More than three million people live in strata titled homes in
Australia and the number is growing fast. Not many people realise
it, but living under strata title is like a fourth and extremely
close tier of government. If you own a dwelling in strata title you
democratically elect leaders, raise taxes, set laws and have
enforcement powers for the building you share with others.
You are in a legally binding relationship with your immediate
neighbours for the communal upkeep and maintenance of the property.
You set rules for living in your homes such as making noise,
smoking, parking, using communal space such as halls, corridors,
gardens and joint entrances.
Last week a major study of strata living by the University of
NSW found most people were not aware of their rights and
responsibilities as strata owners. A survey found a great deal of
apathy among owners and one in three found it difficult to recruit
owners to sit on executive committees that run the buildings. Many
found it difficult to reach agreements, especially when it came to
spending money on repairs.
NSW Fair Trading offers advice for strata owners through their
About 40 per cent said they had to resort to formal mediation
measures to resolve a dispute but even after that one in four said
they never managed to settle their dispute. It would be wise to get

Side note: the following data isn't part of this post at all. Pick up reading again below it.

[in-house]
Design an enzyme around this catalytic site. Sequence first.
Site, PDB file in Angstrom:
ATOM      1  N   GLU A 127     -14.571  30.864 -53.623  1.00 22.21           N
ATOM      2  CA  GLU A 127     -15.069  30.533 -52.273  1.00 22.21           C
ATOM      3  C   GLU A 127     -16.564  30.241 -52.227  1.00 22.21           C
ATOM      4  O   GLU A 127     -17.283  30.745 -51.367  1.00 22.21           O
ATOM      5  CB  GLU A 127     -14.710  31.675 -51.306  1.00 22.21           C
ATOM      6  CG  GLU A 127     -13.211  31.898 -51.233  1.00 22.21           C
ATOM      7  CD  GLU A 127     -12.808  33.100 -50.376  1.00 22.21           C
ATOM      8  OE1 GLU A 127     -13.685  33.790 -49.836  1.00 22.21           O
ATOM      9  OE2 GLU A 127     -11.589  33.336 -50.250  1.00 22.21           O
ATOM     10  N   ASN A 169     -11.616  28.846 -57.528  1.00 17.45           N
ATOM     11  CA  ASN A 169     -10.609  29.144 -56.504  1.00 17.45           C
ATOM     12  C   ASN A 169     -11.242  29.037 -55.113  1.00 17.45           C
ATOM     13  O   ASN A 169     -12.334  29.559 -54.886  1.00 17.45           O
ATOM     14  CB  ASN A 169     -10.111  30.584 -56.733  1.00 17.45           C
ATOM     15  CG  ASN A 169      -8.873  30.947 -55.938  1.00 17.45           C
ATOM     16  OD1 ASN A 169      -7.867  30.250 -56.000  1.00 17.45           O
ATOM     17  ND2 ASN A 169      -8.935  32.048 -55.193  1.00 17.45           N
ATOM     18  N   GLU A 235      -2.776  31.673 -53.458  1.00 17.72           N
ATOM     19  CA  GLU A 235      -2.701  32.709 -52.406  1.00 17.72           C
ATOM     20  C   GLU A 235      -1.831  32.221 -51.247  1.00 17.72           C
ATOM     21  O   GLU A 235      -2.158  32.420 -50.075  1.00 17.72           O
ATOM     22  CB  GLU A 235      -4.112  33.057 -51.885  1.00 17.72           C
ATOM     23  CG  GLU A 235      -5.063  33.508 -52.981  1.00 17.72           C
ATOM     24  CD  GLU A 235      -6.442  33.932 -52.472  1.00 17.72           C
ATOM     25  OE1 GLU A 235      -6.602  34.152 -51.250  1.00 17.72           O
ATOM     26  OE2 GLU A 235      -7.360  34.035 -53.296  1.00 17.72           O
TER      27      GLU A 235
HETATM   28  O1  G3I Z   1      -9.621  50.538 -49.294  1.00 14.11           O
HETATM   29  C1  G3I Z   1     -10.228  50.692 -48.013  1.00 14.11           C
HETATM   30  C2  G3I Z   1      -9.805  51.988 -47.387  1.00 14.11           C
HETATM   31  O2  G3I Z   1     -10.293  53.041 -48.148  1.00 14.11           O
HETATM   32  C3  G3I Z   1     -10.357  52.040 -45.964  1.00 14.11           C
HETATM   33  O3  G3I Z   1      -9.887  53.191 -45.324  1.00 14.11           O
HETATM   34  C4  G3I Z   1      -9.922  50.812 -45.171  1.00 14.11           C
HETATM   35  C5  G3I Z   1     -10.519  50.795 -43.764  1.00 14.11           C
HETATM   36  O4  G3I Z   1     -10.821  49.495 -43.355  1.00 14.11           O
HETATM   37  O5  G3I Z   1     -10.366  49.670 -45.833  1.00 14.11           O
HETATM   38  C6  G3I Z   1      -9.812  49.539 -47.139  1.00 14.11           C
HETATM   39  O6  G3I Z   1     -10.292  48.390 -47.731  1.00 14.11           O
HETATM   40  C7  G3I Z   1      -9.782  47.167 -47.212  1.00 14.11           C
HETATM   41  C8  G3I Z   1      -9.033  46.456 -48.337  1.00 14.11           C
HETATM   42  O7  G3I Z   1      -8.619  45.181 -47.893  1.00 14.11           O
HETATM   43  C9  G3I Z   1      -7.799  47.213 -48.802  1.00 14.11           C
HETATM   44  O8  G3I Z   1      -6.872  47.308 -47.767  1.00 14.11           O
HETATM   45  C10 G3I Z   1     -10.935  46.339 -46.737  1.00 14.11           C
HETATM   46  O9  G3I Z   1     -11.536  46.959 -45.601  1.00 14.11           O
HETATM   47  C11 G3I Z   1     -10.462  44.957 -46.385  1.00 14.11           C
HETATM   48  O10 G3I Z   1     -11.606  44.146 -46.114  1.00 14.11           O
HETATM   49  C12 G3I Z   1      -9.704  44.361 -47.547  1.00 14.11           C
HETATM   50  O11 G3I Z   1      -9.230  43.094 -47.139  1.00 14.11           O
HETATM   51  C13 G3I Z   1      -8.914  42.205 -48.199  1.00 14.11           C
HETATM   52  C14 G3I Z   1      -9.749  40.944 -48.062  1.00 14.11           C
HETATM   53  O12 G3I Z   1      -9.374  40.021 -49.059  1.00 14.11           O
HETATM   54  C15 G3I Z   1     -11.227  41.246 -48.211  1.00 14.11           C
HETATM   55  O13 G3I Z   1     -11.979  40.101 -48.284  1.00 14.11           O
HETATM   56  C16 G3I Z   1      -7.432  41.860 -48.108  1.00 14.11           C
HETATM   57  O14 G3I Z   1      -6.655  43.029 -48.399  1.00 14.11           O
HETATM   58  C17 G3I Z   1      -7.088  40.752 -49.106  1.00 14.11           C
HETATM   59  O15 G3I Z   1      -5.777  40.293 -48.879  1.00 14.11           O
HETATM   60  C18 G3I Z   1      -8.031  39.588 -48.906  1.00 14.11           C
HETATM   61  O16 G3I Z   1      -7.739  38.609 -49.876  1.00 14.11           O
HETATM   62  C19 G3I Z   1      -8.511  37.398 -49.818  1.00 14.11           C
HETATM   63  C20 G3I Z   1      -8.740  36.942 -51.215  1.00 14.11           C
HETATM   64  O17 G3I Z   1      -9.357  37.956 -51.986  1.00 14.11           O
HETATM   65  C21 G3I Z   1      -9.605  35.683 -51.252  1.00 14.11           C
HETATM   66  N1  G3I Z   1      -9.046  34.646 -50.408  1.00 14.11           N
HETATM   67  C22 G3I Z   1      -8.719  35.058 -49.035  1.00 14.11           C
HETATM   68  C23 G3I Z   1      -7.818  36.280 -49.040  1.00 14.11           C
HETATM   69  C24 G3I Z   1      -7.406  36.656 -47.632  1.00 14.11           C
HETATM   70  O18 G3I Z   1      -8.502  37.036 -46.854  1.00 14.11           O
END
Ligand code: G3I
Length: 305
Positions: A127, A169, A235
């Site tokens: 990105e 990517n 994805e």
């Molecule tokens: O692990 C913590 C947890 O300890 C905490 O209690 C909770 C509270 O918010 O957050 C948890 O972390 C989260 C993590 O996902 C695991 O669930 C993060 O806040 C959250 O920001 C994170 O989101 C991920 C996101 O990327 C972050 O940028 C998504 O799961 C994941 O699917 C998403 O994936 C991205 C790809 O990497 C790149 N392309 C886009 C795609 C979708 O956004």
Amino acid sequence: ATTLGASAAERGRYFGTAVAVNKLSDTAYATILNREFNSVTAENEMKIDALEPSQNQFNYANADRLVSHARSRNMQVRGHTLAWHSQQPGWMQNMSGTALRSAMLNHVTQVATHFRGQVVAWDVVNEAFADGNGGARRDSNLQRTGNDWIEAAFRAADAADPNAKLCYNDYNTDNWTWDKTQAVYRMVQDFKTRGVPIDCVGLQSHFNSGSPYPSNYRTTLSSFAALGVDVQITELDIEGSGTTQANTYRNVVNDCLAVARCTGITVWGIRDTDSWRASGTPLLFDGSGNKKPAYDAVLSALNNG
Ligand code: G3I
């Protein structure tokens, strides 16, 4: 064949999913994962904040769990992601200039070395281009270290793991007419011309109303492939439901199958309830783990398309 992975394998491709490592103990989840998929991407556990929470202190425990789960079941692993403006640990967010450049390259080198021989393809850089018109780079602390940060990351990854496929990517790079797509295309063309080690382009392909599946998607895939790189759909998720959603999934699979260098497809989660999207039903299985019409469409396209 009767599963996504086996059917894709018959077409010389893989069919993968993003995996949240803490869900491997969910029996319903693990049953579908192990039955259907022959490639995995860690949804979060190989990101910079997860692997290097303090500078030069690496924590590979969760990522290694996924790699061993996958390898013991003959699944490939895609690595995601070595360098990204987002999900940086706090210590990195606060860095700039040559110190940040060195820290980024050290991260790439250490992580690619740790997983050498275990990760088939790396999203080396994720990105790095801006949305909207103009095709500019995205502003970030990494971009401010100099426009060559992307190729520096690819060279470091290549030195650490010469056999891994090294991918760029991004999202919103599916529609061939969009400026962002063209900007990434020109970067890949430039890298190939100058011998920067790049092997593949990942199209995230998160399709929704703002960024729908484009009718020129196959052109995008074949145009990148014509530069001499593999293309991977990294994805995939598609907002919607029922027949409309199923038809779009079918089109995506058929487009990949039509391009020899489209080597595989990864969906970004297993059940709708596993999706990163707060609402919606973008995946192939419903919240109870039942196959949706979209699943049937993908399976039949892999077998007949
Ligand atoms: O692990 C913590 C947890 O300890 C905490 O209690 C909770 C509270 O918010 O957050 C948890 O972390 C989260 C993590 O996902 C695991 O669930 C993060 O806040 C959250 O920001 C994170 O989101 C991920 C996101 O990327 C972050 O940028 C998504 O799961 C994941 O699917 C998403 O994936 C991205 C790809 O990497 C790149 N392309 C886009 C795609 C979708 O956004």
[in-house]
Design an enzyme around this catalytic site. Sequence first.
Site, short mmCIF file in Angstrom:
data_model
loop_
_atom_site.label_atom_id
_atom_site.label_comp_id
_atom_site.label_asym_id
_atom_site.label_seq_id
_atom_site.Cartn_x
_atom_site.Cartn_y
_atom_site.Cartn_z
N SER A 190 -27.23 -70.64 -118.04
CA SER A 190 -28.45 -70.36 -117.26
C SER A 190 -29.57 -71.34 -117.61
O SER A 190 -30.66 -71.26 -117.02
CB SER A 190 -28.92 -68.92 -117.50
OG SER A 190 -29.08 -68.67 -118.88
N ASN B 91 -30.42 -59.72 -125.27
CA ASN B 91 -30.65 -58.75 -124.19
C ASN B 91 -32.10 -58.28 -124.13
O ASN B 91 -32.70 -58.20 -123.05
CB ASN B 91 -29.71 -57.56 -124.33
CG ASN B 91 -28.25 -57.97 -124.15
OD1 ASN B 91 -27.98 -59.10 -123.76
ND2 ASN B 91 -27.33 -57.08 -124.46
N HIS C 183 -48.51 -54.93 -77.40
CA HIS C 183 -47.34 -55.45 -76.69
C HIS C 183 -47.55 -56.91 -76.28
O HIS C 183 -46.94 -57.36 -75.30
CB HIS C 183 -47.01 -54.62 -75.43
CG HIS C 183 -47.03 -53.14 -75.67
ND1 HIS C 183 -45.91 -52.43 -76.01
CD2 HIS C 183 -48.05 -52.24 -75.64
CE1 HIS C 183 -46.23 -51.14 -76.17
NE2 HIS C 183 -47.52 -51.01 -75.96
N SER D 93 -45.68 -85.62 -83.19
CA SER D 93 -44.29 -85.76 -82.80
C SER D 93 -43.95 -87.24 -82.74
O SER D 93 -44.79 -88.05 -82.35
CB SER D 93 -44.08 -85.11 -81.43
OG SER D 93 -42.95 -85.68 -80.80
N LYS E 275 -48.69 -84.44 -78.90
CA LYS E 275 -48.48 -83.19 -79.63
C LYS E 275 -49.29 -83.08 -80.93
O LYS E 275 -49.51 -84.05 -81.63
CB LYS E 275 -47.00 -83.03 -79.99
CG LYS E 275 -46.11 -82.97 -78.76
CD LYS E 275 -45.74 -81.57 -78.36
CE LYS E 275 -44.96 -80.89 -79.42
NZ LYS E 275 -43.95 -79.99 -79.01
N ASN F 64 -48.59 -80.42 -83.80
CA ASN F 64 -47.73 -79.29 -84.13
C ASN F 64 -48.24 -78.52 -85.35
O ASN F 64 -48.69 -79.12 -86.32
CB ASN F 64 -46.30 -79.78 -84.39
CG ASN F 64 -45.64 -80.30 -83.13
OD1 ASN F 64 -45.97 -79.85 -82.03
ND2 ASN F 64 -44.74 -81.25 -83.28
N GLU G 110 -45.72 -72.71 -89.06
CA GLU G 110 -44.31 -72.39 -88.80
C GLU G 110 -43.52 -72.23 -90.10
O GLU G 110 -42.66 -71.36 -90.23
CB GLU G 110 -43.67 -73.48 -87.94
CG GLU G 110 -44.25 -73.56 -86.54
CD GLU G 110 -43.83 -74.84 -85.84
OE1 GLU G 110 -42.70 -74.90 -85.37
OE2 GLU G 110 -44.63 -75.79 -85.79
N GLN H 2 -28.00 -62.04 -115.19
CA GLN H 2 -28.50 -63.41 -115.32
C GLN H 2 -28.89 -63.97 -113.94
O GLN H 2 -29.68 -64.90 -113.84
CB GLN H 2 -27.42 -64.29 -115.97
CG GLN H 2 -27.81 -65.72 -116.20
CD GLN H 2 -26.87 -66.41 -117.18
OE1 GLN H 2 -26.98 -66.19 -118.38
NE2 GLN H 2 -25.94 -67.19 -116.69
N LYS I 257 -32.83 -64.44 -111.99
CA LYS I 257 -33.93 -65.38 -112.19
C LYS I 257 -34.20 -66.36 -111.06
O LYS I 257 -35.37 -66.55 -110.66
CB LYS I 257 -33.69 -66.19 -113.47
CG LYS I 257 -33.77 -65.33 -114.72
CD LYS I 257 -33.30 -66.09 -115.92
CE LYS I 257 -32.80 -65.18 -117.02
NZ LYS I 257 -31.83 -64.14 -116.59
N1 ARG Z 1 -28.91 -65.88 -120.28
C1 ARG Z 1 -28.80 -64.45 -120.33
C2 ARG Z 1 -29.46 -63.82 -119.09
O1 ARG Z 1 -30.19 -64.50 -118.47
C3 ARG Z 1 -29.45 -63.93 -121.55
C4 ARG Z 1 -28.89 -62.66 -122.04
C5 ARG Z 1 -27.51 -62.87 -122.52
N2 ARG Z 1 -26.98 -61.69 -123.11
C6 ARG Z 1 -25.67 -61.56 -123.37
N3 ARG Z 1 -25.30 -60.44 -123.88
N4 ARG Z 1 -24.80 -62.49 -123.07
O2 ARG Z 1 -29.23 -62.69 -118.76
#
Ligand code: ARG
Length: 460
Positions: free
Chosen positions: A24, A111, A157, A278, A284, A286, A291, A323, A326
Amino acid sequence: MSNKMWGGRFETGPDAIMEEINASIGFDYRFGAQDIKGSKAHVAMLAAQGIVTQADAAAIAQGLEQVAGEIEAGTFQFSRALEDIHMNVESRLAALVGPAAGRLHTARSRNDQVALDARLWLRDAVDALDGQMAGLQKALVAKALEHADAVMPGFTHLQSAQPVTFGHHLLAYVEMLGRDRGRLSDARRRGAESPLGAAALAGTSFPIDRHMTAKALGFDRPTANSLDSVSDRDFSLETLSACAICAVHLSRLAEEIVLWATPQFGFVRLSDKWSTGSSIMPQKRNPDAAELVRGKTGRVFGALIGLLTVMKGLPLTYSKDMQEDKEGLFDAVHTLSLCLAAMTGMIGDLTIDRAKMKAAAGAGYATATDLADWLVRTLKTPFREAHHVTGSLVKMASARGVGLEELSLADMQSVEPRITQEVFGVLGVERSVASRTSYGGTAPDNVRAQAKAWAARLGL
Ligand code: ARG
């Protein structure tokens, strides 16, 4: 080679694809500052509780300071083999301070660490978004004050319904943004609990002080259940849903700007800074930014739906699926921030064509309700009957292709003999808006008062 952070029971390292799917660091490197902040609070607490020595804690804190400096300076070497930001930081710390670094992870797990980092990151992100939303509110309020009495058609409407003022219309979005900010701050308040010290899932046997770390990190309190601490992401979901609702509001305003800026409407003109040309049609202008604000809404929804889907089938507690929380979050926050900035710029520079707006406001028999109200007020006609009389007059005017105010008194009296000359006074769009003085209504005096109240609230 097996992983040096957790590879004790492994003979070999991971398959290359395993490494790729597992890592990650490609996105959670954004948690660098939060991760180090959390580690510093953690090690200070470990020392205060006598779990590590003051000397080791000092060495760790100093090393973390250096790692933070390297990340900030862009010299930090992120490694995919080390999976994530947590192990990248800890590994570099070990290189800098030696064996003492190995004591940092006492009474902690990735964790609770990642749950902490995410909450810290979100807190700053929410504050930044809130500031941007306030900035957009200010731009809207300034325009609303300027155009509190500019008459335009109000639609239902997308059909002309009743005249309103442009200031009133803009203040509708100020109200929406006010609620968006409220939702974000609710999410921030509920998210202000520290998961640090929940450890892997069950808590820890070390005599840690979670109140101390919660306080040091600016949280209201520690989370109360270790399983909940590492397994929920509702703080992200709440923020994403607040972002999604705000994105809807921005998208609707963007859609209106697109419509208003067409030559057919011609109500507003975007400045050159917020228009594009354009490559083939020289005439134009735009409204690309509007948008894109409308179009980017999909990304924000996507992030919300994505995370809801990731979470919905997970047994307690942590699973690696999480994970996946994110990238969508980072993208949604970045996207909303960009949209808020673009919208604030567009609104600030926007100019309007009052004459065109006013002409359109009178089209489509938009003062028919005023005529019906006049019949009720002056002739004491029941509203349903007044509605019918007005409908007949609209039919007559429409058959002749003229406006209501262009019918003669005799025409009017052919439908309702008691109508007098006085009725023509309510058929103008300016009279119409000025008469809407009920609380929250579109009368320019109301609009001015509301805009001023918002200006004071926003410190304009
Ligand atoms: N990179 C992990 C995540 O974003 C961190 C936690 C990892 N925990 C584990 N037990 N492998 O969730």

legal advice before you enter the mediation process so that you can
present the best possible case, especially if the dispute involves
an expensive matter. Even though the mediator is trained to help
people resolve disputes, you can have a lawyer or support person
with you in the mediation process to help present your case.
If a dispute is not resolved through mediation, an adjudicator
can make a decision on the matter. An adjudicator assesses
submissions by both parties to the dispute and issues a decision in
After that you can appeal to the Consumer, Trader and Tenancy
Tribunal which is held in public like a court. You can appeal the
Tribunal's decision to the District Court.
The University of NSW survey also made the surprising finding
that 85 per cent of strata owners in new buildings –
those built since 2000 – reported their buildings had
defects such as leaks, shoddy workmanship and structural faults.
It's important for strata owners to know their rights in
getting builders and developers to finish their job properly. It
suggests there is a problem in the way new buildings are inspected
and certified and the NSW government is currently reviewing strata
The content of this article is intended to provide a general
guide to the subject matter. Specialist advice should be sought
about your specific circumstances.
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